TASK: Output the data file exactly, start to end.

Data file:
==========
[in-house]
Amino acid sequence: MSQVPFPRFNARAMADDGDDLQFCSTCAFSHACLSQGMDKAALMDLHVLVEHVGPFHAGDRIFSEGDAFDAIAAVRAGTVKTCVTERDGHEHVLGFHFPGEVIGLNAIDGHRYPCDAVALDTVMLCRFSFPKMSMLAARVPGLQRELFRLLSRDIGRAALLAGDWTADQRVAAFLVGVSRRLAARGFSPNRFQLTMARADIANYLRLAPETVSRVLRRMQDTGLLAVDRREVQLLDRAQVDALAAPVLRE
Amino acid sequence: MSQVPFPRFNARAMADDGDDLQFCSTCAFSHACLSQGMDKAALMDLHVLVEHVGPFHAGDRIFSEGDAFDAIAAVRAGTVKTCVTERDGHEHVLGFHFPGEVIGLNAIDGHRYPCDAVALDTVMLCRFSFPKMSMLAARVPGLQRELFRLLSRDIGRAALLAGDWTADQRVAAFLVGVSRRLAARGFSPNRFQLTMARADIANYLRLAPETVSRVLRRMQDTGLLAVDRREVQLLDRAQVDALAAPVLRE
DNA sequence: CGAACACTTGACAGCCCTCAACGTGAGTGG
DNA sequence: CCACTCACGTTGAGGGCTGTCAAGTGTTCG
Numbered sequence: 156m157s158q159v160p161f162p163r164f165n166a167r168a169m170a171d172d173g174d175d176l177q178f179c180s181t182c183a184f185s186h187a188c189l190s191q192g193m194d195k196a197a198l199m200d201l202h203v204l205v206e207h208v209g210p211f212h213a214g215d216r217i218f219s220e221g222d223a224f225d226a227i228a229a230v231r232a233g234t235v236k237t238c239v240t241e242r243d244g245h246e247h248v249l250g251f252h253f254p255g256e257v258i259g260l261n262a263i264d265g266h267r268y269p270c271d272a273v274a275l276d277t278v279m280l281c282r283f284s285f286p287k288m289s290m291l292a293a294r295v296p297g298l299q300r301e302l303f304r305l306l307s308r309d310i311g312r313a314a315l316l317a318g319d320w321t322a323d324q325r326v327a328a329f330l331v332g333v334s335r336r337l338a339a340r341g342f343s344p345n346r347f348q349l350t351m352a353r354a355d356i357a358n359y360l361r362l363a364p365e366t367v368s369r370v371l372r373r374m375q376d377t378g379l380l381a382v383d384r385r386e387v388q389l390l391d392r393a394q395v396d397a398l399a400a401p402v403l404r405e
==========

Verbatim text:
[in-house]
Amino acid sequence: MSQVPFPRFNARAMADDGDDLQFCSTCAFSHACLSQGMDKAALMDLHVLVEHVGPFHAGDRIFSEGDAFDAIAAVRAGTVKTCVTERDGHEHVLGFHFPGEVIGLNAIDGHRYPCDAVALDTVMLCRFSFPKMSMLAARVPGLQRELFRLLSRDIGRAALLAGDWTADQRVAAFLVGVSRRLAARGFSPNRFQLTMARADIANYLRLAPETVSRVLRRMQDTGLLAVDRREVQLLDRAQVDALAAPVLRE
Amino acid sequence: MSQVPFPRFNARAMADDGDDLQFCSTCAFSHACLSQGMDKAALMDLHVLVEHVGPFHAGDRIFSEGDAFDAIAAVRAGTVKTCVTERDGHEHVLGFHFPGEVIGLNAIDGHRYPCDAVALDTVMLCRFSFPKMSMLAARVPGLQRELFRLLSRDIGRAALLAGDWTADQRVAAFLVGVSRRLAARGFSPNRFQLTMARADIANYLRLAPETVSRVLRRMQDTGLLAVDRREVQLLDRAQVDALAAPVLRE
DNA sequence: CGAACACTTGACAGCCCTCAACGTGAGTGG
DNA sequence: CCACTCACGTTGAGGGCTGTCAAGTGTTCG
Numbered sequence: 156m157s158q159v160p161f162p163r164f165n166a167r168a169m170a171d172d173g174d175d176l177q178f179c180s181t182c183a184f185s186h187a188c189l190s191q192g193m194d195k196a197a198l199m200d201l202h203v204l205v206e207h208v209g210p211f212h213a214g215d216r217i218f219s220e221g222d223a224f225d226a227i228a229a230v231r232a233g234t235v236k237t238c239v240t241e242r243d244g245h246e247h248v249l250g251f252h253f254p255g256e257v258i259g260l261n262a263i264d265g266h267r268y269p270c271d272a273v274a275l276d277t278v279m280l281c282r283f284s285f286p287k288m289s290m291l292a293a294r295v296p297g298l299q300r301e302l303f304r305l306l307s308r309d310i311g312r313a314a315l316l317a318g319d320w321t322a323d324q325r326v327a328a329f330l331v332g333v334s335r336r337l338a339a340r341g342f343s344p345n346r347f348q349l350t351m352a353r354a355d356i357a358n359y360l361r362l363a364p365e366t367v368s369r370v371l372r373r374m375q376d377t378g379l380l381a382v383d384r385r386e387v388q389l390l391d392r393a394q395v396d397a398l399a400a401p402v403l404r405e